A. Getting a court appointed guardian is acceptable and may be supported by the Code in this case, but it is too early to tell. Given that his life is now threatened, Mr. Douglas would most likely agree to the surgery if he were conscious. Opinion 8.081, "Surrogate Decision-Making" states that "When a physician believes that a decision is clearly not what the patient would have decided or could not be reasonably judged to be within the patient's best interests, the dispute should be referred to an ethics committee before resorting to the courts." Because of the urgency of this situation, however, it may be difficult to call an ethics consultation in time, so the physicians might move for an emergency court appointment of another guardian for Mr. Douglas.
B. Continuing to recommend bypass surgery to Mrs. Douglas is preferable; it is supported by the Code in Opinion 8.081, "Surrogate Decision-Making": "Physicians should provide [the surrogate with] advice, guidance and support; explain that decisions should be based on substituted judgment when possible and otherwise on the best interests principle; and offer relevant medical information as well as medical opinions in a timely manner." Mrs. Douglas does not appear to know why Mr. Douglas did not want the by-pass surgery and the only reason he gave Dr. Kim was the business deal. Accordingly, both substituted judgment and best interest standards would likely call for the surgery, but further conversation with Mrs. Douglas may confirm or refute this.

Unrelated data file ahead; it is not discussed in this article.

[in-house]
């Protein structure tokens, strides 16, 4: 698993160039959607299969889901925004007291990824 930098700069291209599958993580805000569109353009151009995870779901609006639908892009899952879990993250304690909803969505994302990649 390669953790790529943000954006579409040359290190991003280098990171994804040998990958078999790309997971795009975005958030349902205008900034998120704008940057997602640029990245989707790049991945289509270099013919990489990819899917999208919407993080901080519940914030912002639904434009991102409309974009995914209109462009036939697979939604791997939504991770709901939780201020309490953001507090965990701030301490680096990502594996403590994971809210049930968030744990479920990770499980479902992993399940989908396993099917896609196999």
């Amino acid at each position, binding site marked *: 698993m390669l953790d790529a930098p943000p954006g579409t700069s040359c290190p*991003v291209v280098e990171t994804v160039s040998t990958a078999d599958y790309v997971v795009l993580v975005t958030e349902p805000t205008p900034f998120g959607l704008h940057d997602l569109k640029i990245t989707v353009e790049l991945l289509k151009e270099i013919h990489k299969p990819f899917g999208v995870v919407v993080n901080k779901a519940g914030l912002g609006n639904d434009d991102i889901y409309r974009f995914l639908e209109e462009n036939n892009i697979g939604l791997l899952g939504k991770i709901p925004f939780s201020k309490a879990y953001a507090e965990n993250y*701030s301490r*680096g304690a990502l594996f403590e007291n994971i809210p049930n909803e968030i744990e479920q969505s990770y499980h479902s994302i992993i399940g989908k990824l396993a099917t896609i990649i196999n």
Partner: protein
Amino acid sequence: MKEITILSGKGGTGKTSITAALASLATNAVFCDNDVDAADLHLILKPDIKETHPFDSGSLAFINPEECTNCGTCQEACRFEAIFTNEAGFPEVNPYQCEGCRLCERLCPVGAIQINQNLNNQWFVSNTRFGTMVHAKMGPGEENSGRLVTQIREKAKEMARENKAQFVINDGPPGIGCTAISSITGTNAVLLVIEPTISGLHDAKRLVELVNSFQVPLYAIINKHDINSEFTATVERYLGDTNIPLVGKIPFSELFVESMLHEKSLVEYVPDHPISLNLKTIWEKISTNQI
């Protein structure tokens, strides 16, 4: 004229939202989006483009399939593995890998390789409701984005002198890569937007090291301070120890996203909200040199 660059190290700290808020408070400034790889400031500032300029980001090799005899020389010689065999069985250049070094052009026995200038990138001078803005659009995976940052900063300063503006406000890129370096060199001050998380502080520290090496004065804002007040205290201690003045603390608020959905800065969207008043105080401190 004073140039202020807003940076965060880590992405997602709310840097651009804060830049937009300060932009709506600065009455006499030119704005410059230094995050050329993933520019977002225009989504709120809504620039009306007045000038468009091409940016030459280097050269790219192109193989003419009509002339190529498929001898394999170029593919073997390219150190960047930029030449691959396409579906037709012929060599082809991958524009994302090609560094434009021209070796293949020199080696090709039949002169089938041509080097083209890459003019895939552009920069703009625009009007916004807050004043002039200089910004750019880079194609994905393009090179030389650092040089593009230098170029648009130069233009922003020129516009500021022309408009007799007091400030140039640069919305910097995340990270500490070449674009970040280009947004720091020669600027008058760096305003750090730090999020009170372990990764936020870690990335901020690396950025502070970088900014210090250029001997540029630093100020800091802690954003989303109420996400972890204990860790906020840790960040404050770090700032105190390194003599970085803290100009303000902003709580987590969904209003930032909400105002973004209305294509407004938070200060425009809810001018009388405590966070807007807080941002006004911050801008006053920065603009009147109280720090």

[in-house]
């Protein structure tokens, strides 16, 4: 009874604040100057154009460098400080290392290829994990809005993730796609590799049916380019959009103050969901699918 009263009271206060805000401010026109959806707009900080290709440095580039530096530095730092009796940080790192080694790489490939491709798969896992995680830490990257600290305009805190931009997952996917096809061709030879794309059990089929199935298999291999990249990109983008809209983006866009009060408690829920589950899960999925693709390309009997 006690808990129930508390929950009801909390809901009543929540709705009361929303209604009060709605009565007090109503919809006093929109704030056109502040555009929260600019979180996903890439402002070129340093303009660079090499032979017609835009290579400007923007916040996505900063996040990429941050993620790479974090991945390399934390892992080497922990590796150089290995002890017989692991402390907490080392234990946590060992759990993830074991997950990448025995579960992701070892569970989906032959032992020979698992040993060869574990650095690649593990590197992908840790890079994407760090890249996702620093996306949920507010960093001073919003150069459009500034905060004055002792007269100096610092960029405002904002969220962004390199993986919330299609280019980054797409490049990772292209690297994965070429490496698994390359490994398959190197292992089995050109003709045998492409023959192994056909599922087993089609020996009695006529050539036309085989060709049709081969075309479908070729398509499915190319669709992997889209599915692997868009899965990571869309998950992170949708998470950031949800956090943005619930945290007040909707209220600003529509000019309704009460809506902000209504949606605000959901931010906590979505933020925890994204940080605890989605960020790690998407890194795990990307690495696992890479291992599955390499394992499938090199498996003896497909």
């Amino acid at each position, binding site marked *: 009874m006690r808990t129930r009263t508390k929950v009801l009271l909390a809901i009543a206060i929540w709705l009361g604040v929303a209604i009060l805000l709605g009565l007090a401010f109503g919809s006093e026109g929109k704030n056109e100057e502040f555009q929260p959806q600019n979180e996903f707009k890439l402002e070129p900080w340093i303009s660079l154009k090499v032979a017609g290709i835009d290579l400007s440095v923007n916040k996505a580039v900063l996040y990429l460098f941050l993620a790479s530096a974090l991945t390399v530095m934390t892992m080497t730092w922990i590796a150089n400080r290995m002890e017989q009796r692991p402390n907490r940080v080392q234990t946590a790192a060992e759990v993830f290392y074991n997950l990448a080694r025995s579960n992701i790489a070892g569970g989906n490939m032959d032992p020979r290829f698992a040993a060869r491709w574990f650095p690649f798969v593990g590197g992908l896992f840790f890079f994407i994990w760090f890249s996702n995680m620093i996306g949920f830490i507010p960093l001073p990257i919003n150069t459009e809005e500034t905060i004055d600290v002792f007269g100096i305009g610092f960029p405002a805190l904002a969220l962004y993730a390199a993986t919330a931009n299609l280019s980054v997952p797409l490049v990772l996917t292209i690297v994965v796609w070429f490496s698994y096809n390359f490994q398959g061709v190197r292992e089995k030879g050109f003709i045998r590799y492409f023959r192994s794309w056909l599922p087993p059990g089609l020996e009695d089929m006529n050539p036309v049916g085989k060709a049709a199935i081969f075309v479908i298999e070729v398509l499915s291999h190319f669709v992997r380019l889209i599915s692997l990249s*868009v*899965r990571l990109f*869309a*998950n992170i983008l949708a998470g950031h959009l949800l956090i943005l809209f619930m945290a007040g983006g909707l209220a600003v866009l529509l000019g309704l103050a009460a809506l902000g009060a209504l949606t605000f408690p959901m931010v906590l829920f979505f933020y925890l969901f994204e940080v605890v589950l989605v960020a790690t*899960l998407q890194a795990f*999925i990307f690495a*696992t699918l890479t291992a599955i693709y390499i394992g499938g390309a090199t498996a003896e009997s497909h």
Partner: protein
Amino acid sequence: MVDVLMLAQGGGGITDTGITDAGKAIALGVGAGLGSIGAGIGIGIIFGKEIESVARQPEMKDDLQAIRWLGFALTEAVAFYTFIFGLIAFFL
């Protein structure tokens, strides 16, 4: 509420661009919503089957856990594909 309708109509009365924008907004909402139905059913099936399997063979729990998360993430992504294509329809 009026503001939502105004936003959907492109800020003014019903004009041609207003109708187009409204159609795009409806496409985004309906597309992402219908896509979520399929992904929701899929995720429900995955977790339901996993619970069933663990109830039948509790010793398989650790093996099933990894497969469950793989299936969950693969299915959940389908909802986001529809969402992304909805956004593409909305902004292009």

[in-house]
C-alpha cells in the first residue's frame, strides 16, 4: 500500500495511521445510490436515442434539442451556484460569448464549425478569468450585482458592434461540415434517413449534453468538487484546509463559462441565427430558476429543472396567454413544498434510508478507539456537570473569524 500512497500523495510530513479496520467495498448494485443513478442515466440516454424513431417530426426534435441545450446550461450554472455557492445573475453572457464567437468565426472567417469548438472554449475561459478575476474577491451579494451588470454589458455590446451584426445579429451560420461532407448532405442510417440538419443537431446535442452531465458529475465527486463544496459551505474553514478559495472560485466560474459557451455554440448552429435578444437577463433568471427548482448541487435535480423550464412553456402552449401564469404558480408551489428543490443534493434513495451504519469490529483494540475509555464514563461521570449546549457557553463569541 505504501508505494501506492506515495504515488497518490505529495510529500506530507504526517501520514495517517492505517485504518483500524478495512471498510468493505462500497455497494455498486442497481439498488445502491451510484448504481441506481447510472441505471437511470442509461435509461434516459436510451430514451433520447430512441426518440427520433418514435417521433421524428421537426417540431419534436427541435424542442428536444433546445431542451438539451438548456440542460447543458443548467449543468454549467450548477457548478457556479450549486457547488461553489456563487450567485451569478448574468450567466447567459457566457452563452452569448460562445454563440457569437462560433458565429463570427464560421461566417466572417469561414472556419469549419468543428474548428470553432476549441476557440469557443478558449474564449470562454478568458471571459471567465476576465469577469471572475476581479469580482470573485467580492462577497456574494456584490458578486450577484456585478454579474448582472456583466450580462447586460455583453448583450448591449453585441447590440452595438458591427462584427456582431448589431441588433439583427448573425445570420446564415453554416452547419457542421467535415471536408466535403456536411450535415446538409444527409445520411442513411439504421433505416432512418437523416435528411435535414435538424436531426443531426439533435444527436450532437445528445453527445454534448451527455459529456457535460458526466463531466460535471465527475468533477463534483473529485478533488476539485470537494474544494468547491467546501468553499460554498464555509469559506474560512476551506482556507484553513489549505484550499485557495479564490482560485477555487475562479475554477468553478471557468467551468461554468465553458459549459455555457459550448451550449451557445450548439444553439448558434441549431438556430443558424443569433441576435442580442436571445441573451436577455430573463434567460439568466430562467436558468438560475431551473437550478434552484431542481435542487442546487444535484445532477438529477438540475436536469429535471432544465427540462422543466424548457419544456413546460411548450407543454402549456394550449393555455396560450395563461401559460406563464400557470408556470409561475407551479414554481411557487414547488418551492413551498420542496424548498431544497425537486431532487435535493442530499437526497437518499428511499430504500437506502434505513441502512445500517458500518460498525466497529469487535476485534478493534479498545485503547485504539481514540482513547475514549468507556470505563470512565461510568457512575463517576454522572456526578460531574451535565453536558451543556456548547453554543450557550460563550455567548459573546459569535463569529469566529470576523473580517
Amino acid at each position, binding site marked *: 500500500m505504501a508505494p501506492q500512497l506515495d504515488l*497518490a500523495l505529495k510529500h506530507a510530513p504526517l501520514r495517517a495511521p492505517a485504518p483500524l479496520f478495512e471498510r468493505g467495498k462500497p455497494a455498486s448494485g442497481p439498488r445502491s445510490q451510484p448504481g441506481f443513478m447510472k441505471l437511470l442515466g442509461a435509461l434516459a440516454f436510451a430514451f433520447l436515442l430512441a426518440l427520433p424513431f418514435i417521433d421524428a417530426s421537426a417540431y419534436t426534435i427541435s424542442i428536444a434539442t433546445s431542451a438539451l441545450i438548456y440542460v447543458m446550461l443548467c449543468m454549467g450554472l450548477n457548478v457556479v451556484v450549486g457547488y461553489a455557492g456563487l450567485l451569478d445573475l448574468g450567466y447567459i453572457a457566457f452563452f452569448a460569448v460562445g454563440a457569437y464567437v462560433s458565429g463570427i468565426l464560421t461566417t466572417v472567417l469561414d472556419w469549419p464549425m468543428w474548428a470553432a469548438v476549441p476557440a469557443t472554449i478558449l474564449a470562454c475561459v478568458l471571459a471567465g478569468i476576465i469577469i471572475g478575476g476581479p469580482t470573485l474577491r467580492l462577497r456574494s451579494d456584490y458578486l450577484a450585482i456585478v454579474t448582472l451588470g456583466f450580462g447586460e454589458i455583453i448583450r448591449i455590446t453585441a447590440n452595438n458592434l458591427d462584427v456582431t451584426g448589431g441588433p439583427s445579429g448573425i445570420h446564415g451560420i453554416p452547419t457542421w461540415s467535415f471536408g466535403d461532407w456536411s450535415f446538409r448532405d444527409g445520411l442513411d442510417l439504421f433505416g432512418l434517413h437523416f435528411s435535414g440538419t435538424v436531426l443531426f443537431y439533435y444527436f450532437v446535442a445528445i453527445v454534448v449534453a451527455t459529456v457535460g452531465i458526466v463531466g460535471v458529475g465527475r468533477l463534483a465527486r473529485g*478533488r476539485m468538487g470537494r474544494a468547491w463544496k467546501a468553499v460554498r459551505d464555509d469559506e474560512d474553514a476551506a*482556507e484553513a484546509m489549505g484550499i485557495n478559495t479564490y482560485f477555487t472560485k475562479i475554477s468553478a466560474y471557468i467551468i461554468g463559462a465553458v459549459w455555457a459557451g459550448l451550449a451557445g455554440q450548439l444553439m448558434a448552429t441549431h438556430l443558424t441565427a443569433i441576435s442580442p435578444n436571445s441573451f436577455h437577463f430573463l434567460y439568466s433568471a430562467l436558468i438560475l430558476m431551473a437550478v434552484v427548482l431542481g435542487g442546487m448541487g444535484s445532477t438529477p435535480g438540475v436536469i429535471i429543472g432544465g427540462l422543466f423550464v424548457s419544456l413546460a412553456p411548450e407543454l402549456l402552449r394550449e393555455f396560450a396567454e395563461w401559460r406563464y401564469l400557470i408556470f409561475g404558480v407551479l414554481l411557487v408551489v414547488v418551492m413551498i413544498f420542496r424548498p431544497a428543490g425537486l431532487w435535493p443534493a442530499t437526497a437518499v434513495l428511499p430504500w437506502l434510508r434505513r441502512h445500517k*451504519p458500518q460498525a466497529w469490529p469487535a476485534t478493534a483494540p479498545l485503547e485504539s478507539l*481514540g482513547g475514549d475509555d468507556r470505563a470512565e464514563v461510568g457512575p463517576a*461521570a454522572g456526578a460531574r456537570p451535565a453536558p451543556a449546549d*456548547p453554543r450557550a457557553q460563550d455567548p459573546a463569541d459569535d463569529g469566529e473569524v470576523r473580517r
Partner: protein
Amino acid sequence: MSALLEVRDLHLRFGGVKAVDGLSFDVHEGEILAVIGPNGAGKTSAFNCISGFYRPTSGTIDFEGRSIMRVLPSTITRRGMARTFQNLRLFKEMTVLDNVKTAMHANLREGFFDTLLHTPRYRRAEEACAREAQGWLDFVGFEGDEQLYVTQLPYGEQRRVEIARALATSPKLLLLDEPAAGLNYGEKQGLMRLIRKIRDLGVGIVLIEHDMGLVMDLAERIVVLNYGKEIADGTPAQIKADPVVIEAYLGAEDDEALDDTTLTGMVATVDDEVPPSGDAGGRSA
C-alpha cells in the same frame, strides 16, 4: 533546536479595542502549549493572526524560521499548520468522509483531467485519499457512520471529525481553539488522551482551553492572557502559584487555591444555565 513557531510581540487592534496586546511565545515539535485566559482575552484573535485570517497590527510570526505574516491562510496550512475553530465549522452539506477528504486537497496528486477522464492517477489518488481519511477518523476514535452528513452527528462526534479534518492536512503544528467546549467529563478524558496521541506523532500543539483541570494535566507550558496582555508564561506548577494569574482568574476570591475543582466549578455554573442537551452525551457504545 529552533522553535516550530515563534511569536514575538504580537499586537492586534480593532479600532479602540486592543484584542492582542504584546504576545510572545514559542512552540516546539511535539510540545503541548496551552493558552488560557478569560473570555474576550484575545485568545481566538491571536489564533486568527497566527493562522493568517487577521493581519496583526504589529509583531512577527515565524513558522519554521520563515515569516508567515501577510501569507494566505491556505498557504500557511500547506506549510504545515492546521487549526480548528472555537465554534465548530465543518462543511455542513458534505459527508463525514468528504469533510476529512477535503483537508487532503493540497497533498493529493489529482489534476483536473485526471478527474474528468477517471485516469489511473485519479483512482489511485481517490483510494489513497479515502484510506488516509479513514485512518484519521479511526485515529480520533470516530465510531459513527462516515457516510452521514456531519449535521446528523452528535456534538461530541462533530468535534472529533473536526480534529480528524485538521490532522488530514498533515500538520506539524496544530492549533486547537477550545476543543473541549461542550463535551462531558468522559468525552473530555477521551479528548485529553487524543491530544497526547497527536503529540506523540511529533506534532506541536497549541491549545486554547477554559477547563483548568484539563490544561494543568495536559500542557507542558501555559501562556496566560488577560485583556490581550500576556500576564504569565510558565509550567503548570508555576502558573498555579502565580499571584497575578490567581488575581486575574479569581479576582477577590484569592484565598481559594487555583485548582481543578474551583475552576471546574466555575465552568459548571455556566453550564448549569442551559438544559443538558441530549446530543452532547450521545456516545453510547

C. Prepping Mr. Douglas for by-pass surgery should be avoided because it violates the Code in Opinion 8.081, "Surrogate Decision-Making": "Physicians should recognize the proxy or surrogate as an extension of the patient, entitled to the same respect as the competent patient." Without further discussion between Mrs. Douglas and Drs Kim, Carlson, and Iminez, prepping Mr. Douglas for surgery would deny her the respect due a legitimate surrogate decision maker.
D. Treating Mr. Douglas without surgery (i.e., catheterization and/or pharmacological treatment) should be avoided because it is not supported by the Code and may violate the physician's responsibility to ensure decisions are made "on the basis of sound substituted judgment reasoning or the best interest standard" (from Opinion 8.081, "Surrogate Decision-Making").